5 Steps To Elevate Your Brand By Encouraging A Sisterhood Community By Nathalie Selvon-Bruce

As most of the country finds itself under Government restrictions, businesses are having to get creative to find a way to trade in an ever-changing landscape. This could be a transition to online services, new products or a change in your client engagement processes. 

Whatever the change, your brand needs to communicate that – and the best way to do that is to have original, eye-catching, clear media content. This article written by Nathalie Selvon-Bruce, the Managing Director of Vanilla Chinchilla Ltd, T/A Buttercup Bus Vintage Campers , talks about how to create media for your online and printed publication, investing only your time and company resources – the key is to build a pride of complementing business contacts, who can come together to create shared content. A Sisterhood of like-minded, creative individuals, who not only have a similar media requirement – but can all bring something unique to the table to create an incredible media session – be that a styled photoshoot, production of a promotional video, or perhaps an infographic.

Having a clear concept

It is good to think about what you are trying to achieve, so that you can share your vision with potential collaborators, to identify if you could complement each other.

What are you looking to produce, and for what purpose? For example, are you creating a styled shoot to create images or video footage that will showcase your new product or service?

Do you have a platform lined up to showcase the resulting media from your shoot? Perhaps you could approach some industry blogs or magazines, to see if they would feature your content (if you put a certain angle on it that makes it relevant to them). Pperhaps you have a YouTube channel, know an online influencer, or produce your own printed materials? Finding the best collaborators is easier, when you have a platform lined up to showcase the results to a targeted audience.

Be aware of any date you may be working towards – perhaps a magazine publication date, or a seasonal event or product launch date. You will need to find a date that works for your collaborators too.

What elements could you provide for the shoot, using your own existing resources? Perhaps you have a beautiful product and a fabulous setting for the shoot – but could do with some models, a photographer, some lighting and props to really showcase the product? 

Find some inspirational images of how you would like to present your product – resources like Pinterest and Instagram are a great start. Collect the images that you feel illustrate how you would like to set up the shoot – it could be a collection of little details – perhaps expressions on the models faces, or a colour palette, or perhaps a table setting, props or arrangement for your product.

Capture these images (and the source, so that you can credit where you found them – and return to the images later if you need).  There is a free online tool called Canva, to collate images into a mood board. Equally, you could create a Pinterest board. These are basically a collection of images to capture the look, feel and mood of what you are trying to create in your styles shoot / video shoot etc. They are there to inspire, rather than to use as an exact copy.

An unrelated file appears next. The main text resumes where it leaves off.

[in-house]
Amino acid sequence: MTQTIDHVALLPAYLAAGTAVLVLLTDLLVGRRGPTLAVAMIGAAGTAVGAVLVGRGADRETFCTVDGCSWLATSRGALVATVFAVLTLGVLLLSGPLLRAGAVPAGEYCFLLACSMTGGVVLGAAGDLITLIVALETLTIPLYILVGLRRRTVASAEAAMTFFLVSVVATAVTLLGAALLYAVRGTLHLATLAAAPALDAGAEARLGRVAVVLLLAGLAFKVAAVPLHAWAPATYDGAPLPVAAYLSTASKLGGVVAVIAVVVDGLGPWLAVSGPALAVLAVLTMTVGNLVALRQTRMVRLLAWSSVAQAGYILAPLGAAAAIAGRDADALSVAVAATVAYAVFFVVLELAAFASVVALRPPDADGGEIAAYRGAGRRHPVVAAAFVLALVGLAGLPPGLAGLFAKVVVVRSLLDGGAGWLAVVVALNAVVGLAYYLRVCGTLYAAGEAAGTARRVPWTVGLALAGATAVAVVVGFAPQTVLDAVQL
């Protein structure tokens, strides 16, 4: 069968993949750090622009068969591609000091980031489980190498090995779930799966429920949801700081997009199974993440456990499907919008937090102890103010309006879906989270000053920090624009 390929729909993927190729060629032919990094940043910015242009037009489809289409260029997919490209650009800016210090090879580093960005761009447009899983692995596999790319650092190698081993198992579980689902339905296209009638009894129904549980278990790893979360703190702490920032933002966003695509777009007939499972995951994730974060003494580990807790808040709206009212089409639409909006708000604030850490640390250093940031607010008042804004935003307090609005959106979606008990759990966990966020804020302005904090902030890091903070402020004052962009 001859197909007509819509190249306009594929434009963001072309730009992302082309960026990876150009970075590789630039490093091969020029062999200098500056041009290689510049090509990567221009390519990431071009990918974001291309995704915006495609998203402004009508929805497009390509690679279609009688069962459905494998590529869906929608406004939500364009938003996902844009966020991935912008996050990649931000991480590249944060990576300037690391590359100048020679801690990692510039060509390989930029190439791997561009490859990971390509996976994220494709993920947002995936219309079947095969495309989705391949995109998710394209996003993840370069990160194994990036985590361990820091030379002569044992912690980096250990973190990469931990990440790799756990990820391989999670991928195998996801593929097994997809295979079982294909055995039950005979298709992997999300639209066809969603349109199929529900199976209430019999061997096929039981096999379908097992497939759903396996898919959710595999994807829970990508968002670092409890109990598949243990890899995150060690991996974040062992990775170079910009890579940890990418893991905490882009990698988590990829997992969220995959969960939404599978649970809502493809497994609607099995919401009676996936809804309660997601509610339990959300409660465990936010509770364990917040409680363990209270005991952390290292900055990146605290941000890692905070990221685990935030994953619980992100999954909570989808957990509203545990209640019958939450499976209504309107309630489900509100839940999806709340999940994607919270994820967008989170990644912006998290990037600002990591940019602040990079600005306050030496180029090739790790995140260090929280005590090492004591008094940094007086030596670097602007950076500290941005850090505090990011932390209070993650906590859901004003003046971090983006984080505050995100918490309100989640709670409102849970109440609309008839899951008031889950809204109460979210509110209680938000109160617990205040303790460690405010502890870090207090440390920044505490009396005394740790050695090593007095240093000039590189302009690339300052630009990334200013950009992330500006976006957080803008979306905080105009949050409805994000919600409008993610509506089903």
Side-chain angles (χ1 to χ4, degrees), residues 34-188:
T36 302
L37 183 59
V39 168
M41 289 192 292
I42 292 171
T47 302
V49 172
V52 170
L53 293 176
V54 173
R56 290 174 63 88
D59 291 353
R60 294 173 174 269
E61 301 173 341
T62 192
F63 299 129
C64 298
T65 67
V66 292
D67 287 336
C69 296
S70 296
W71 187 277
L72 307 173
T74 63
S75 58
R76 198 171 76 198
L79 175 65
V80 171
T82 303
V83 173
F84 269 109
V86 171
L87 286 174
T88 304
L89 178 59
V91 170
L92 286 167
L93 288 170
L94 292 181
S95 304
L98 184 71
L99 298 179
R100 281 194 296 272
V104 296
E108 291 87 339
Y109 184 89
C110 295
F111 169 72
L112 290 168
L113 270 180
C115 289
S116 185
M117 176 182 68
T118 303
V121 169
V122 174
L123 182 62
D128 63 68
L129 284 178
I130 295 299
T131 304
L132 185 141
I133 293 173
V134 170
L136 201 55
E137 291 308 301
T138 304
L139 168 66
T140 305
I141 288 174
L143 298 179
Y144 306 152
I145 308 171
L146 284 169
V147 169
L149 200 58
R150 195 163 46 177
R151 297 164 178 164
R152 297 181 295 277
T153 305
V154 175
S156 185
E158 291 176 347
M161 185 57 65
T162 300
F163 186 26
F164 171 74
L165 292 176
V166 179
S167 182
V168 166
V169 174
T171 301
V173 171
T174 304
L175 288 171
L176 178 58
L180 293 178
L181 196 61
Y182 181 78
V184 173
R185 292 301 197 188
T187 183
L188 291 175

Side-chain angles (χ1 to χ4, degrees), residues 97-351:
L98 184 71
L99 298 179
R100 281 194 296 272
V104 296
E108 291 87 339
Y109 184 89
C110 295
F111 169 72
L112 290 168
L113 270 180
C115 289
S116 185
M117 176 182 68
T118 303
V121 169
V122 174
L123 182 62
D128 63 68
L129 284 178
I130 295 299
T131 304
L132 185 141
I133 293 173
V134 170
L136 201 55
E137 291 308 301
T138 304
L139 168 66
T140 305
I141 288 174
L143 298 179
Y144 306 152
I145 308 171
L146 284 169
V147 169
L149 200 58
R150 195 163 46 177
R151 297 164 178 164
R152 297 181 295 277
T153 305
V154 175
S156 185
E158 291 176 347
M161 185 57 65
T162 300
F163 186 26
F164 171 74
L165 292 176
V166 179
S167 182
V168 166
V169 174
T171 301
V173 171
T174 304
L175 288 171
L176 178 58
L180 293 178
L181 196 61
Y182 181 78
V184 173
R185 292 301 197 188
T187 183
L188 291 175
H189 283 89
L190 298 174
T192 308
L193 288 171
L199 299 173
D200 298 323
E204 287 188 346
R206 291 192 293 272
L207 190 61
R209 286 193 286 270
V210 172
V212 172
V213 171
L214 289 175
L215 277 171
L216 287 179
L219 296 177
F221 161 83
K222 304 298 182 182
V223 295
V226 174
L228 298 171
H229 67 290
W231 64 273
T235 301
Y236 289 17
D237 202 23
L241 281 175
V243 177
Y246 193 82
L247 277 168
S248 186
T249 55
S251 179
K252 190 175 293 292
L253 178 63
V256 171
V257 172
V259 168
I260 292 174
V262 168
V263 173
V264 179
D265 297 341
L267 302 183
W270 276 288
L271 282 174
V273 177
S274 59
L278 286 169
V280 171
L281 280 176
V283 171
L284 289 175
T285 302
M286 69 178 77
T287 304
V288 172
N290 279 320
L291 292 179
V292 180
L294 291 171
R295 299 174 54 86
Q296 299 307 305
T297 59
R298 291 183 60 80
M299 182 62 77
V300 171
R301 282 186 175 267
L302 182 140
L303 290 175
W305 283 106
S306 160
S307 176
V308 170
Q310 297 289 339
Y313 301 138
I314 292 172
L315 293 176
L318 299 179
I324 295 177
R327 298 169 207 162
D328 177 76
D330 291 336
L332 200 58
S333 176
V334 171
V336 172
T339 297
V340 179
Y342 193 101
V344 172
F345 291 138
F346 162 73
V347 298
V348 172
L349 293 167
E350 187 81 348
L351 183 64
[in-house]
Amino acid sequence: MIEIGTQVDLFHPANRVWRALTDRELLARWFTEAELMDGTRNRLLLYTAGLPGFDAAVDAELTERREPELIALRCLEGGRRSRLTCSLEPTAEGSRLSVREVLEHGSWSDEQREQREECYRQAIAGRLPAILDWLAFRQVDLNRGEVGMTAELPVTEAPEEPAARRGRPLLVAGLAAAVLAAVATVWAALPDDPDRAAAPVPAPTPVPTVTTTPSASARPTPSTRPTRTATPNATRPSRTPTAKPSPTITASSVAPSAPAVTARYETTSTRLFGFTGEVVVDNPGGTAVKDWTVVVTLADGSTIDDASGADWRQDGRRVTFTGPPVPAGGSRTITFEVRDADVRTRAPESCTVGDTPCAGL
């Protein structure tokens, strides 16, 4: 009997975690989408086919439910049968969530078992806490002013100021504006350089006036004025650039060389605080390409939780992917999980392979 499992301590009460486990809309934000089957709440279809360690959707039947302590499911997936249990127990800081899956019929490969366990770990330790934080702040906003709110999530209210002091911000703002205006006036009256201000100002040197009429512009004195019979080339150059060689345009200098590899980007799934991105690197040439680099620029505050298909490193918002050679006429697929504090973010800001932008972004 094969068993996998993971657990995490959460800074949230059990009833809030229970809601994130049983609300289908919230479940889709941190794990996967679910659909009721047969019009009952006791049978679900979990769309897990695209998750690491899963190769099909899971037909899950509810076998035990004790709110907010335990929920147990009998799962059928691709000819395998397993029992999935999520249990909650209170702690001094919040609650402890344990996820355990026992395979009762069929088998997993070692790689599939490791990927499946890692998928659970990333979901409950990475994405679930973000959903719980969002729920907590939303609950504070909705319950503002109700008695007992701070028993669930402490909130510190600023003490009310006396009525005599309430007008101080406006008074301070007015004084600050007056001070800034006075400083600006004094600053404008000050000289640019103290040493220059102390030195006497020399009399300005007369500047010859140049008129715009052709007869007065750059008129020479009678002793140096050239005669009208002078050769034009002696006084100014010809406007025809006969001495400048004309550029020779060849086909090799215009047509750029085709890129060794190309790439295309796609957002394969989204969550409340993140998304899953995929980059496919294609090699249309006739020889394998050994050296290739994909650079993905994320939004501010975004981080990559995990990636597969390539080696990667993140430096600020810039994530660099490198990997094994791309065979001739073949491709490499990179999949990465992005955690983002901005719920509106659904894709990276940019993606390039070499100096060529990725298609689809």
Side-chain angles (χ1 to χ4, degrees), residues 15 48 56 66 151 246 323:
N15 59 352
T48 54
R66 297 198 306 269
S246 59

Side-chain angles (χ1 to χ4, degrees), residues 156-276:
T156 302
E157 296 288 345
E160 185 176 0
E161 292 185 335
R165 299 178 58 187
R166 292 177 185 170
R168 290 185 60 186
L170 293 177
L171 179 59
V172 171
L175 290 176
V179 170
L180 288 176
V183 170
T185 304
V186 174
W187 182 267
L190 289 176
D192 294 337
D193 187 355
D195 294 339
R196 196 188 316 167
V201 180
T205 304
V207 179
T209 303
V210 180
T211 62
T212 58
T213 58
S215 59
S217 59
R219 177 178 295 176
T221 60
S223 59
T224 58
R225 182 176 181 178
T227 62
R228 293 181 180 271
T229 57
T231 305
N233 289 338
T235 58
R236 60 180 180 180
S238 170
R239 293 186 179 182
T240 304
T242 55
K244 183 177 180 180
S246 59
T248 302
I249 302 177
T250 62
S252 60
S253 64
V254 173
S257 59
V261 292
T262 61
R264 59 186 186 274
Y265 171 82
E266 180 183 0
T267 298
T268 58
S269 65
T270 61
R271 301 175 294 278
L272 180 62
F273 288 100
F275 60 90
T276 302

Once you have your concept captured, it’s time to share your vision, and find your fierce and fabulous Sisterhood to help you turn the idea into a reality.

Finding your Sisterhood of complementing businesses to collaborate

Having worked on your concept and mood board, you are now ready to reach out, and find talented, complementing suppliers to collaborate.

It is important that you are clear about the concept – that this is a collaboration of people with a shared vision looking to come together, to use their talents and resources to create beautiful media that all can use to promote their own businesses. This is very different to reaching out to purchase suppliers services to create something uniquely tailored to your own needs with your own exclusive rights to the content. 

A common term for a collaboration shoot is TFP – meaning Time for Prints. This is where collaborators are not compensated monetarily, but instead, they “swap” services. Everyone donates their time – models, stylists, photographers etc – giving up their services for free in return for permission to use the resulting images for their business needs.

Start by finding your key collaborators first. This is often the photographer, artist or videographer – the talent that captures and edits the media content. 

Once you have found the key collaborator, it is time to think about geography. Is the shoot taking place at your own premises – or do you need to find a venue? It is important to sort this early in the process, as it may impact the date of the event, and also the catchment area for your other collaborators.

It can be challenging to find people prepared to work on a TFP basis. Finding collaborators that have recently started up and need to create portfolio content can help – or perhaps companies that come with great experience but are only just venturing onto a new social media platform and need content – or perhaps you are lucky enough to find collaborators with huge social media following, but have created something new and need to capture it in beautiful images.